Medical herbalists take advantage of nature’s gift by using plants and herbs whose traditional uses are supported by modern scientific research and clinical trials.
The letters NIMH after the herbalist’s name indicate that he/she is a member of the National Institute of Medical Herbalists. NIMH membership is granted after a rigorous three to four year training period. Only then is the qualified herbalist permitted to include MNIMH after his or her name. A qualified medical herbalist has studied both orthodox and plant medicine and is trained in the same diagnostic skills as a G.P (general practitioner).
However, herbalists take a holistic (whole person) approach to illness, treating the underlying cause of the disease rather than merely its symptoms. They are able to prescribe herbal remedies to be used alongside other medication and treatments, and GPs often refer patients to a herbalist for treatment.
Herbal medicine is suitable for people of any age. Children, in particular respond especially well to the gentle and natural actions of herbs. Each patient is treated as an individual, as a medical herbalist recognises that no two patients are the same.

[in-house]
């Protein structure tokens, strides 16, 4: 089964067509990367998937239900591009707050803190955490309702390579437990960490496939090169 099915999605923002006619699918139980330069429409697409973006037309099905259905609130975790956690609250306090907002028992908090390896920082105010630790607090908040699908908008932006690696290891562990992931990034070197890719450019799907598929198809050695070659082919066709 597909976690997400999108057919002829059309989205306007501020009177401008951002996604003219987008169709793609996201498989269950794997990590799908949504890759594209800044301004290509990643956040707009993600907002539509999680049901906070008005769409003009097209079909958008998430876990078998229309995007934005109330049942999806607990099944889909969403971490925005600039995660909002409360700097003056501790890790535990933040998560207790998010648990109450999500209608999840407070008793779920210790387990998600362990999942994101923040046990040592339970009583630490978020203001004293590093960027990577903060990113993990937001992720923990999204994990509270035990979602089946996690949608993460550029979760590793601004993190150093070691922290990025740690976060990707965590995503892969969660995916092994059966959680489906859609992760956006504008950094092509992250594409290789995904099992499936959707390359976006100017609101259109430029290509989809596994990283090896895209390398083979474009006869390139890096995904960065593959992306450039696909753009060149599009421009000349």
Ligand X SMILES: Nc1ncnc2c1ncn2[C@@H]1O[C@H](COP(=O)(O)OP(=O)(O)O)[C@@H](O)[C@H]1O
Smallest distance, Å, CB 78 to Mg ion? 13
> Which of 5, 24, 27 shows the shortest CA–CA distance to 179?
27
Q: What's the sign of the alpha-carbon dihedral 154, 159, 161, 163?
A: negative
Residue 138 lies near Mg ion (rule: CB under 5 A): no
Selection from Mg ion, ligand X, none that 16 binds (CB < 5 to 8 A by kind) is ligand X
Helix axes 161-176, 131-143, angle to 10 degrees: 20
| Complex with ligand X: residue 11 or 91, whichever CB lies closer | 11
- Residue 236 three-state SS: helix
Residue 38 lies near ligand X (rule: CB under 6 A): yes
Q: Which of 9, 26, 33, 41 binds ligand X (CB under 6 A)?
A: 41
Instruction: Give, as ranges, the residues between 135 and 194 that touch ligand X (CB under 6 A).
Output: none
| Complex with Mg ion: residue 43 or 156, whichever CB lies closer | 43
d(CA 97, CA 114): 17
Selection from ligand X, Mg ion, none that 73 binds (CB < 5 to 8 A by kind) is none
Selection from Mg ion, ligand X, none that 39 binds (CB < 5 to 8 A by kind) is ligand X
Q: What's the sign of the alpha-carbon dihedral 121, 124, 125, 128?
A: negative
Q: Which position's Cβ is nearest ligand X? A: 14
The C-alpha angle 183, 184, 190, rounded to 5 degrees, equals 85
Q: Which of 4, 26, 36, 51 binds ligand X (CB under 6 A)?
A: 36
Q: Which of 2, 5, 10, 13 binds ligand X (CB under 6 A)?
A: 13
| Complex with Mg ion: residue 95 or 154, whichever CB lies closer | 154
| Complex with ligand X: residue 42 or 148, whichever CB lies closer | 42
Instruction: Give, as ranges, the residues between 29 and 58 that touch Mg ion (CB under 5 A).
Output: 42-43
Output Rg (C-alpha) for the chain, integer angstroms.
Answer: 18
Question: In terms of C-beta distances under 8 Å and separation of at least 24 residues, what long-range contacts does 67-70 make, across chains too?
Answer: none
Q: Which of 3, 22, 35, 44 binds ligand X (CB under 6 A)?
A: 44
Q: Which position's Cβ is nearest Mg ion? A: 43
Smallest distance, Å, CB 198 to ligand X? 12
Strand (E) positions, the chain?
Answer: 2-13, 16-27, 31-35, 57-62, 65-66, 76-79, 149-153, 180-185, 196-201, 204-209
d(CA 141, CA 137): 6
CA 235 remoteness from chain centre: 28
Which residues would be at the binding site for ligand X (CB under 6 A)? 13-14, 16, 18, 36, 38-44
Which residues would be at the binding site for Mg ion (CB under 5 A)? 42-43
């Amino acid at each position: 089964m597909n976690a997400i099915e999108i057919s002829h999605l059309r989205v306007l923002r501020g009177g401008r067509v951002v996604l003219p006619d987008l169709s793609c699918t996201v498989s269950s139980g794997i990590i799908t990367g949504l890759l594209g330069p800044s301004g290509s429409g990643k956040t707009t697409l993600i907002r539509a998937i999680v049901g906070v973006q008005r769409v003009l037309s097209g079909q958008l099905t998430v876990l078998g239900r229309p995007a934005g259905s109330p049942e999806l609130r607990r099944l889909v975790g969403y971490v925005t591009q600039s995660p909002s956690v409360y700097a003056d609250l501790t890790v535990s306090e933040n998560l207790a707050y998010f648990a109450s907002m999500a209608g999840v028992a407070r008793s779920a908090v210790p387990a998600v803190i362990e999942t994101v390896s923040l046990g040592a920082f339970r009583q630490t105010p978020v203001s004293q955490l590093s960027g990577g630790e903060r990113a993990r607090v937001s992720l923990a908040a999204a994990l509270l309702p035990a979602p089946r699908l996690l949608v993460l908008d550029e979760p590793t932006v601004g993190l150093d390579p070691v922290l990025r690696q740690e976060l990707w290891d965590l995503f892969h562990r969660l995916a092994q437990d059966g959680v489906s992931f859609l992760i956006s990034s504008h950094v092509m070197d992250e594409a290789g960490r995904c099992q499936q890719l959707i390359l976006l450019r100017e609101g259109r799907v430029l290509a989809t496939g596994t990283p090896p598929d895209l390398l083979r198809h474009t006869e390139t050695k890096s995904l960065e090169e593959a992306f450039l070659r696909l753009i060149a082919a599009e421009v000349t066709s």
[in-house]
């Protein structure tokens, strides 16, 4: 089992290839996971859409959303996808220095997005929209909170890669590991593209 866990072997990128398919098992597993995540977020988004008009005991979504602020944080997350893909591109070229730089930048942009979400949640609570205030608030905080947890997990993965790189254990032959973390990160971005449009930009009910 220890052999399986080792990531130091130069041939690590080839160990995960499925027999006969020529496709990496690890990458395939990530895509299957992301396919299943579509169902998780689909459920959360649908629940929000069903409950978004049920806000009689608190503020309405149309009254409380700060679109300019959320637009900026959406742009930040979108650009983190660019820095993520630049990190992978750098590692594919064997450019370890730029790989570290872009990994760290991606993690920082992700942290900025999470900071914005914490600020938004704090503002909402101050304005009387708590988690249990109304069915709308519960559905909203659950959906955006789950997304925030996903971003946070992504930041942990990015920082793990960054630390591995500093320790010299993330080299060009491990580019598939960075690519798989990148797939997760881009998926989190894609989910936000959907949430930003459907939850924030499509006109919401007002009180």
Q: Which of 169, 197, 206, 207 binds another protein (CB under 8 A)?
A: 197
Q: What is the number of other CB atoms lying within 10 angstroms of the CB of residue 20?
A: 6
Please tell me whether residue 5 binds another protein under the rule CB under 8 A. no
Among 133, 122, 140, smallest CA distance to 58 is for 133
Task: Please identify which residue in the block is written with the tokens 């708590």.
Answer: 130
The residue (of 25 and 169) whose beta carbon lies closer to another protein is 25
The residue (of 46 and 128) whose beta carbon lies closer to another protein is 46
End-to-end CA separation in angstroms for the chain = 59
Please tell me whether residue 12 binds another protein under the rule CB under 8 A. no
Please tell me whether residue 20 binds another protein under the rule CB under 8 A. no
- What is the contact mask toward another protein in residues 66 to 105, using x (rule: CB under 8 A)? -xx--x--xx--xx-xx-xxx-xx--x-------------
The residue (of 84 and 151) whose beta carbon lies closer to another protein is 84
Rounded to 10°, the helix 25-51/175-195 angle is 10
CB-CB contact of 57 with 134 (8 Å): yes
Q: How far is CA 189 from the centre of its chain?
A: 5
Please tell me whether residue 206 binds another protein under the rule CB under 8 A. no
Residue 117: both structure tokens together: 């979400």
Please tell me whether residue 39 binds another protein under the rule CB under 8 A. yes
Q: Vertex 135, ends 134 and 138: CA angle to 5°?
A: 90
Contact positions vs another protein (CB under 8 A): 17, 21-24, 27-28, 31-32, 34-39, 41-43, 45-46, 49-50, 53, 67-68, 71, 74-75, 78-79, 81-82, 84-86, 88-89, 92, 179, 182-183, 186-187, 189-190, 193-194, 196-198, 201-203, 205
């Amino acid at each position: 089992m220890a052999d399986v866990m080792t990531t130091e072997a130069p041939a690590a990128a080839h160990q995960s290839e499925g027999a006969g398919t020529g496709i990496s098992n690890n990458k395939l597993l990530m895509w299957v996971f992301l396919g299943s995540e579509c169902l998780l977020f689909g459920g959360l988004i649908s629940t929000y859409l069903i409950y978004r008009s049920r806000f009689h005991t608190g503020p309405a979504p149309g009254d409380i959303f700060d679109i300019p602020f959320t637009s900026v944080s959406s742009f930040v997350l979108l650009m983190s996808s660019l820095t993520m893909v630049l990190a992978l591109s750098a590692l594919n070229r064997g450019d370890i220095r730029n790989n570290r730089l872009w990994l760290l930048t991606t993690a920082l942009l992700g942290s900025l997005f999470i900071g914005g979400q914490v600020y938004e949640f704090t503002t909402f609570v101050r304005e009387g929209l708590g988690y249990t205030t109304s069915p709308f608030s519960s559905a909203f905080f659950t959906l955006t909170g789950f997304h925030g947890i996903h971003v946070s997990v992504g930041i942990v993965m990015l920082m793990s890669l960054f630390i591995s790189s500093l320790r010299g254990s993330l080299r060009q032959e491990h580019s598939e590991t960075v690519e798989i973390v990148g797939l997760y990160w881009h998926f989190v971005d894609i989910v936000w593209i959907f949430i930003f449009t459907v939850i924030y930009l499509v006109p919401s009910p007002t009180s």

How herbal medicine assists the immune system
To understand how to boost your immunity, it is necessary to first understand what is at the root of disease and ill health. In relation to immunity, the skin is considered the first line of defence; if it is damaged or weakened, your immunity comes under attack.
A herbalist will check a patient’s temperature, and examine the colour, texture and condition of their skin to determine the progress of a disease. In addition to its own nerve and blood supply, the skin contains sweat and oil glands which act as temperature regulators. This provides medical herbalists with good markers as to the progression of a disease.